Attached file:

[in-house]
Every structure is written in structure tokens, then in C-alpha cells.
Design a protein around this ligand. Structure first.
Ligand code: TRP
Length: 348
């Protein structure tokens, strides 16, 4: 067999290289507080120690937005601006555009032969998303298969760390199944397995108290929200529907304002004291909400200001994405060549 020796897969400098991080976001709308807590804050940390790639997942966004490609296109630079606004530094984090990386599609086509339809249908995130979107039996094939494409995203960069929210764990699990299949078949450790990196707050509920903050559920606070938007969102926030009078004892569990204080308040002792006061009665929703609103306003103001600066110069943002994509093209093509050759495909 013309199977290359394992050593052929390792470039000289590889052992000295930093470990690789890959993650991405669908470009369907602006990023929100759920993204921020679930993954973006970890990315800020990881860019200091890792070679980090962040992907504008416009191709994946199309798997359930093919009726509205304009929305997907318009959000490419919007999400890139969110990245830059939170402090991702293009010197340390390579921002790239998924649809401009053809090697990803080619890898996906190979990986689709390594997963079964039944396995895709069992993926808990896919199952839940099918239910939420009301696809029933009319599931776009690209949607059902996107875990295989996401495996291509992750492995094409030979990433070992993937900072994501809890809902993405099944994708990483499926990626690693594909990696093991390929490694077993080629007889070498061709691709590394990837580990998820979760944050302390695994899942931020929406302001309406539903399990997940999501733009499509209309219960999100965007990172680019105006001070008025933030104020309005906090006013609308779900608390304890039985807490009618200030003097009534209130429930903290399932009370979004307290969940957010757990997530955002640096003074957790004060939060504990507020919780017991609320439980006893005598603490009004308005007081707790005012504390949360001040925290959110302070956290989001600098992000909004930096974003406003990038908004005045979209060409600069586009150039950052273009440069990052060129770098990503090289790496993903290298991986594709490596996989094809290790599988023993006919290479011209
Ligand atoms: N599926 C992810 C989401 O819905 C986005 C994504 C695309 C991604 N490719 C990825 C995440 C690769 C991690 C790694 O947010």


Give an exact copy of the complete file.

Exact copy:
[in-house]
Every structure is written in structure tokens, then in C-alpha cells.
Design a protein around this ligand. Structure first.
Ligand code: TRP
Length: 348
């Protein structure tokens, strides 16, 4: 067999290289507080120690937005601006555009032969998303298969760390199944397995108290929200529907304002004291909400200001994405060549 020796897969400098991080976001709308807590804050940390790639997942966004490609296109630079606004530094984090990386599609086509339809249908995130979107039996094939494409995203960069929210764990699990299949078949450790990196707050509920903050559920606070938007969102926030009078004892569990204080308040002792006061009665929703609103306003103001600066110069943002994509093209093509050759495909 013309199977290359394992050593052929390792470039000289590889052992000295930093470990690789890959993650991405669908470009369907602006990023929100759920993204921020679930993954973006970890990315800020990881860019200091890792070679980090962040992907504008416009191709994946199309798997359930093919009726509205304009929305997907318009959000490419919007999400890139969110990245830059939170402090991702293009010197340390390579921002790239998924649809401009053809090697990803080619890898996906190979990986689709390594997963079964039944396995895709069992993926808990896919199952839940099918239910939420009301696809029933009319599931776009690209949607059902996107875990295989996401495996291509992750492995094409030979990433070992993937900072994501809890809902993405099944994708990483499926990626690693594909990696093991390929490694077993080629007889070498061709691709590394990837580990998820979760944050302390695994899942931020929406302001309406539903399990997940999501733009499509209309219960999100965007990172680019105006001070008025933030104020309005906090006013609308779900608390304890039985807490009618200030003097009534209130429930903290399932009370979004307290969940957010757990997530955002640096003074957790004060939060504990507020919780017991609320439980006893005598603490009004308005007081707790005012504390949360001040925290959110302070956290989001600098992000909004930096974003406003990038908004005045979209060409600069586009150039950052273009440069990052060129770098990503090289790496993903290298991986594709490596996989094809290790599988023993006919290479011209
Ligand atoms: N599926 C992810 C989401 O819905 C986005 C994504 C695309 C991604 N490719 C990825 C995440 C690769 C991690 C790694 O947010």